What if was just “Write file”?
So far I like that better than anything with arrows.
It resembles a “text writing” in my opinion. It’s not bad at all, but seems to be too ambiguous since we’ve got a whole bunch of text editing tools within the Blender.
The icon itself must be super-duper readable and as simple as possible. The less detail, the better. Paradoxically, the pencil is super-hard to depict in such a small scale.
Thus I don’t take it as a good direction.
Many words have been spilled here. I got lost a bit, being out of the network for a while. First of all, I want to emphasize that changing the icon for the change itself is not my goal. The more I drill about the “Save” icon, the more convinced I am about the validity of @William’s opinion. So - I do care about this icon change because I can. I provoke a discussion because I can. I do research because I can. I’ll change the icon, b’cause I can.
The set contains a floppy icon already, if You didn’t noticed it. It’s there, but it’s not welcome by the devs, and I understand why.
I have presented some arguments for a floppy disk, based on other icons that use old technology representations. Phone handset, cimematic camera with roll films, roll films themselves, letter envelopes, printers and so on. The problem with these arguments is that all these “old” technologies are still in use, while the floppies do not. Does someone remember ZIP cartridges? I bet most of You didn’t even know they existed, but they were used for saving data at some point of digital history. Time’s passing, technology changes and some symbols are not valid anymore. Clay tablets for instance… Best what we can do is to adopt a symbol that - to some extent - refers to the diskette’s silhouette, not making it the essence of the icon. The @thecavelap’s concept meets these requirements by extending the silhouette outline to an arrow pointing to the inside of the document / floppy disk. It’s a super simple, effective, iconic and extra-clear graphic sign.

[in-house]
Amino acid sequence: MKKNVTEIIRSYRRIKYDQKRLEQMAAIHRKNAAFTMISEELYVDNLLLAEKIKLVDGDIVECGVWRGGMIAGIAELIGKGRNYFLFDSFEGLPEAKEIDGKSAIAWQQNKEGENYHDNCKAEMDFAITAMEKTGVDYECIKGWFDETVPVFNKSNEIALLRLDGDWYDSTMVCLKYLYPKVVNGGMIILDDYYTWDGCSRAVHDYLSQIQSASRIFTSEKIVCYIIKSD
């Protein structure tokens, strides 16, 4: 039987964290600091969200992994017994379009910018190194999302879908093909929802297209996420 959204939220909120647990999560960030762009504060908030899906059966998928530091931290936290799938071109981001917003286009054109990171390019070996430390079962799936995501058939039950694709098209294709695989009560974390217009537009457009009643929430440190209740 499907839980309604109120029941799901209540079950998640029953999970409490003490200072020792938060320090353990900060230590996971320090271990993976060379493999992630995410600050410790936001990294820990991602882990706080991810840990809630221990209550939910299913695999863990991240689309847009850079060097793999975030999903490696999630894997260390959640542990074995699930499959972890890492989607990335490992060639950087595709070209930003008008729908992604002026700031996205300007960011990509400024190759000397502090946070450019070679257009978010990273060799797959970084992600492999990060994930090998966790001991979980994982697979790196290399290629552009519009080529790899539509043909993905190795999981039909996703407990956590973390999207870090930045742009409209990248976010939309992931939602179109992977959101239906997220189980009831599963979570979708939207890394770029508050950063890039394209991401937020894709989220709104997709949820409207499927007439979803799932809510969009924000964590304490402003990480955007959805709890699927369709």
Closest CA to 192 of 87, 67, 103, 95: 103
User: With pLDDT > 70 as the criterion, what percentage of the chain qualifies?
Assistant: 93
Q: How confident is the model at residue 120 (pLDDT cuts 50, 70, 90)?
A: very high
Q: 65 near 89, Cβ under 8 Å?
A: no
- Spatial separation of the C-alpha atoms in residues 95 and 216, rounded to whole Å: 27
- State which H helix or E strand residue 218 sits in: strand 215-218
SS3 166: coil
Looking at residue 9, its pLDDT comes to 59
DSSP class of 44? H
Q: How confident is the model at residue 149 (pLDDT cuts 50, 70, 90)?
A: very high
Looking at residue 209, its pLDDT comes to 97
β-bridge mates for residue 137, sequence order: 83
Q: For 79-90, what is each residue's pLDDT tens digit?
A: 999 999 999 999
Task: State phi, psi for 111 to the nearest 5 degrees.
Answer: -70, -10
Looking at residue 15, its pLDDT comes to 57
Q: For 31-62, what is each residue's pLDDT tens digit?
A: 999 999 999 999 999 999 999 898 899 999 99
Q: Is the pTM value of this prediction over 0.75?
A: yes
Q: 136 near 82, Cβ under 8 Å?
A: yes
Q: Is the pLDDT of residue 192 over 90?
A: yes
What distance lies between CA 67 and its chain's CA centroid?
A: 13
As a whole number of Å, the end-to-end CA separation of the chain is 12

Lets be honest - what the Save icon will look like isn’t a crucial decision, but it must follow the overall style and convention and be future proof. Each design decision is based on the analysis of a single problem and its connection with the other elements that make up the set. The set isn’t just a bunch of icons, it’s an internally organized system, as consistent as possible in the means of expression. Most critics shouting about ignorance, childliness and nonsense did not bother to analyze the logical connections between the various elements of the icon set. Knowing the essence of the subject of the discussion and its complexity is the basis for assessing the level of difficulty and the enormity of the work that has been devoted to reach where we are.